The greatest danger in this case lies in how the court might strike down Section 5. And it is here that the lack of a middle path is particularly concerning. The statute allows jurisdictions that can prove they no longer engage in racial discrimination in voting to petition to bail out from coverage under Section 5. The utility district wants such a bailout. But the statute clearly says that only the entire state like Texas or a political subdivision that registers voters (which the utility district does not do), can ask for a bailout. * Since there's no good statutory loophole, the larger constitutional question seems unavoidable.
If the court says that Congress exceeded its power in the preclearance provision in NAMUDNO, that ruling could quickly extend to a rejection of Congress' power to require the creation of majority-minority districts in states with large minority populations. It could also extend to other civil rights directives aimed at the states. Broad ruling may make it harder, too, for Congress to come back and craft a narrower, updated, and more targeted version of Section 5.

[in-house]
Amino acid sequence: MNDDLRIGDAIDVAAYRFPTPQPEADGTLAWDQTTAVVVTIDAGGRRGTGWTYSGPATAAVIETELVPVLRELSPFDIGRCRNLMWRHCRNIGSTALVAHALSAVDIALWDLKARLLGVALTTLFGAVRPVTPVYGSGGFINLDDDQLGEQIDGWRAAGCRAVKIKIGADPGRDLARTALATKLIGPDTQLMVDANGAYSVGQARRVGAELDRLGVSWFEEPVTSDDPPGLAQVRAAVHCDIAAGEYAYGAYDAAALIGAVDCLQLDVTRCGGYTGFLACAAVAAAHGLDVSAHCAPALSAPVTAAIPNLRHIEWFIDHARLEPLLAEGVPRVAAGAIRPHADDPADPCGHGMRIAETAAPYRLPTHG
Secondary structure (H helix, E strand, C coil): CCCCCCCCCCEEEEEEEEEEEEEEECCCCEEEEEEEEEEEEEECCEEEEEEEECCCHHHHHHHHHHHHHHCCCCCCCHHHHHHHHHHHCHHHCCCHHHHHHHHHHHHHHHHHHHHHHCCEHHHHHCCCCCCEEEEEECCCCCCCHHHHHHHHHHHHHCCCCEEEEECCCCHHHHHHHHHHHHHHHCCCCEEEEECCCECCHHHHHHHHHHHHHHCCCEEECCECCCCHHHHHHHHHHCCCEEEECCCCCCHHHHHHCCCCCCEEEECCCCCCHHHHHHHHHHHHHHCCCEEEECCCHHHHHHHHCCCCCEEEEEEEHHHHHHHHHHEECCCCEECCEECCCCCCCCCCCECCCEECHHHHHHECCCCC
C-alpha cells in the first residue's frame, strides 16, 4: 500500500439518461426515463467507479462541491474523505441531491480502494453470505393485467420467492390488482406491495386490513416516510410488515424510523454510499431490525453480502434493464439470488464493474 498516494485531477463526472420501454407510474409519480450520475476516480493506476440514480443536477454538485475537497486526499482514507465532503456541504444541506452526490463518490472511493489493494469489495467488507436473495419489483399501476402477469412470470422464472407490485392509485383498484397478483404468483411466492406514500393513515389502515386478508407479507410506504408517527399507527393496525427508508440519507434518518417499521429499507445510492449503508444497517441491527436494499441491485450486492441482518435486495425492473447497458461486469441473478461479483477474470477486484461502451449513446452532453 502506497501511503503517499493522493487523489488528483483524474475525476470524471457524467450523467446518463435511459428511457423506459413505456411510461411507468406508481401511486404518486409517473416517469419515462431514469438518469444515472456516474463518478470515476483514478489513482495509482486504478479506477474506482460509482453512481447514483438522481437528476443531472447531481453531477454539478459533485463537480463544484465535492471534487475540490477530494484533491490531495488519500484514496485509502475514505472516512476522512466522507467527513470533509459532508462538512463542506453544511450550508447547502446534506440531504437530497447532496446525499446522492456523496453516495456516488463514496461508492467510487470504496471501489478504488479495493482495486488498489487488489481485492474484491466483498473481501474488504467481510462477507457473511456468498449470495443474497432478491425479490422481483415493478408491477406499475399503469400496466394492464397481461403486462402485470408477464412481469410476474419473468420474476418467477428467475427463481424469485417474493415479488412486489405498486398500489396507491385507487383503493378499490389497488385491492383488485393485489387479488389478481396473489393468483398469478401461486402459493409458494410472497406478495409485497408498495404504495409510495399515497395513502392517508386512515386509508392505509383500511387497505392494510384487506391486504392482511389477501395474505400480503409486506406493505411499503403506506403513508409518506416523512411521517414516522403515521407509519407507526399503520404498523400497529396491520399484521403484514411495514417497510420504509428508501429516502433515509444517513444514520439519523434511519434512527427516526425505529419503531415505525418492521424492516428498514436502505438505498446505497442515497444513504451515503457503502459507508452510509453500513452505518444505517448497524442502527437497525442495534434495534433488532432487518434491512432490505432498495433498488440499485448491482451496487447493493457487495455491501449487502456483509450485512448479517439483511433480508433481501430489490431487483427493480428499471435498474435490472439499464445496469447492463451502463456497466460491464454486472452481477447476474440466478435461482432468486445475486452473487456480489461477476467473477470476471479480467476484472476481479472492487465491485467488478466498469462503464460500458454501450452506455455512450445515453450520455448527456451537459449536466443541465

Justice Kennedy is right that race still matters in American politics. Section 5 (and, indeed, the entire Voting Rights Act) has served as an important bargaining chip as minorities struggle to gain full and fair representation in elections. If Section 5 goes down, the sordid business of racial discrimination in voting could emerge again as a potent force, and Congress will have fewer weapons to fight it.
Correction, April 27, 2009: This article originally said that a political division of a state may not ask for a bailout. In fact, a political subdivision that registers voters may ask. (Return to the corrected sentence.)
Correction, April 29, 2009: This article incorrectly stated that the Supreme Court struck down the Violence Against Women Act in 1997. That act was struck down in 2000. (Return to the corrected sentence.)